Having a regularly updated blog is a great business asset. But before you jump on the blog train, ask yourself these three questions.
The businesses that wouldn’t benefit from a well-maintained blog are few and far between. Seriously, we can count on one hand — with digits to spare — the times we haven’t emphatically encouraged the production of a business blog.
Blogs can do so much good. Among many other benefits, they can boost search engine optimization (SEO), they can provide opportunities to engage key audiences, they can better explain the nuances of your service or product, and they can help foster company goodwill.
But, no matter how much we encourage blogging, we equally encourage they be approached with a sound strategy in mind. And we routinely start that process with three very important questions.
Here’s an example of how we started the blogging process with our friends at Storey Trucking, a family-owned trucking company in Alabama.
Who is your blog audience?
Simply put, if you can’t answer this question, you shouldn’t proceed with the blogging process. No, that doesn’t mean you shouldn’t blog. Rather, it means that without a clear understanding of who you’re writing to, you shouldn’t ever hit the “publish” button. All your blogging efforts exist downstream from the answer to this question.
At Storey Trucking, when they were conceptualizing their blog, they knew exactly who they wanted to write to: their current drivers and potential drivers. Going even further, in addition to solo drivers they wanted to appeal to team drivers since team drivers can cover more miles in less time and are typically more difficult to find.
So, when you look at the Storey blog, you’ll see helpful content that any driver would find useful, spotlights on outstanding Storey drivers, as well as features that focus on aspects related to team driving. Storey publishes the content and then distributes it through internal channels, as well as externally across social media.
The blog positions the company as a well-intentioned, helpful and caring business (which they truly are) that drivers — with additional emphasis on teams — can find a professional family with.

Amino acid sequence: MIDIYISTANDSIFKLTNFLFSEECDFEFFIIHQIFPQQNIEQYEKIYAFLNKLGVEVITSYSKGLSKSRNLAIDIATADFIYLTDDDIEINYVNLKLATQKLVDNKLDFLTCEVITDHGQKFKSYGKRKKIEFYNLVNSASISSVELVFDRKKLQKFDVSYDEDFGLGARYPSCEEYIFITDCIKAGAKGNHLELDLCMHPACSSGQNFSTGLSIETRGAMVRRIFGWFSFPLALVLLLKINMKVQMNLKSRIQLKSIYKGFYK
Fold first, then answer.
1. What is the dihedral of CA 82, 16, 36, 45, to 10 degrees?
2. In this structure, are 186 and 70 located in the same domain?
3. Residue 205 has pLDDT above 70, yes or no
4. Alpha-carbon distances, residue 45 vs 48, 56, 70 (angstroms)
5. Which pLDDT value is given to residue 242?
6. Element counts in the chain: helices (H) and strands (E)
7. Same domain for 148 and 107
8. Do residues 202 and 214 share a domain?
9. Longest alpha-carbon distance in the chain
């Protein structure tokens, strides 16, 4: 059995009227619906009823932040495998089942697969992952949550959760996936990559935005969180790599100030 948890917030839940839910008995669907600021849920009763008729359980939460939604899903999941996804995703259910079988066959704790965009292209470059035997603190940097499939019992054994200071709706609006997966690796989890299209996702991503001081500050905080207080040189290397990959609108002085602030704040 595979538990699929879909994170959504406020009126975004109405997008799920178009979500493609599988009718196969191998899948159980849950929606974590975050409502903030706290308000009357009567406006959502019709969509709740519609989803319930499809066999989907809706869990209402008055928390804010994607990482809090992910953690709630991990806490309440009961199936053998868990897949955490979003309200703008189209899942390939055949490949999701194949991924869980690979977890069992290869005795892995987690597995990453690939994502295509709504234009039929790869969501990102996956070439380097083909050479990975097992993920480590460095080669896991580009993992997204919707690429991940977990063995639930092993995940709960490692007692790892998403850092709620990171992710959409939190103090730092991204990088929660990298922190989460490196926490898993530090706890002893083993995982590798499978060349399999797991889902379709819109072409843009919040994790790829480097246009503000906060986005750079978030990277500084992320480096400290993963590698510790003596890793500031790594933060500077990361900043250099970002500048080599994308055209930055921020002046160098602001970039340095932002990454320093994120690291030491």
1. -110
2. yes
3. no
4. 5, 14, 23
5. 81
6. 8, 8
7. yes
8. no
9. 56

What do you want the blog to do?
Okay, now that we’ve covered who you’re writing to, the next big matter to consider is what you want to achieve with your blog.
As is the case with everything in your business, if your efforts don’t align with and support overarching business objectives, those efforts should be questioned. This is just as true in blogging as it is in sales or customer service. All work needs to point in the same direction.
Unless you’ve been living under a rock for the past decade, you’re aware that the trucking industry is getting more competitive by the day. And what does the industry rely on? Drivers. Good ones, especially.
Attracting and keeping high-quality drivers is at the front of most trucking minds daily. The great thing about Storey is that once drivers experience the tight-knit family culture that is the backbone of the business, they rarely seek greener pastures. That said, they could always use more drivers, and their eyes are always out for teams.
Storey knew from the get-go that while they wanted to provide universally appealing blog content, their need for great solo and team drivers would require them to generate articles that would help attract top-tier applications.
As it stands now, roughly one-third of Storey’s blog posts handle team topics specifically, and the rest is comprised of spotlights on core values and helpful advice to all drivers.
What’s a realistic publishing cadence for your blog?
It’s really easy to get overly aggressive with your blog publishing cadence.
Weekly! Twice weekly! Every day!
Though we love the enthusiasm, we typically encourage a more moderate schedule to start, especially if you’re not sure who will be creating all the content or if it’ll be handled by committee.
If you’re in a small-to-medium sized business and this is a new project that is to be championed by someone with a preexisting workload, I’d say a monthly publishing cadence to start is completely acceptable. That’s what Storey Trucking chose, and it has worked out wonderfully so far. A monthly schedule enables them to draw in the voices of their employees, while also giving the company the chance to really think about what topics need attention and when to address them.
It may sound too infrequent for some — and it may prove to be, eventually — but getting used to the process and fitting it in with additional responsibilities may take some getting used to.
Once you’ve published two or three blog posts at that cadence, increase the frequency if it makes sense. Just remember, it’s easier to start slower with the aim of building steam than it is to struggle to stay afloat by plunging into the deep end with no practice.
Once you decide on a blog publishing cadence, you can build a content calendar around it.
Of course, there are many more blogging tips to be learned, but these are the immediate items to consider. Spend some time thinking on them, and then get ready to write!
David Martin is a co-founder of Heed Public Relations. You can reach him at firstname.lastname@example.org.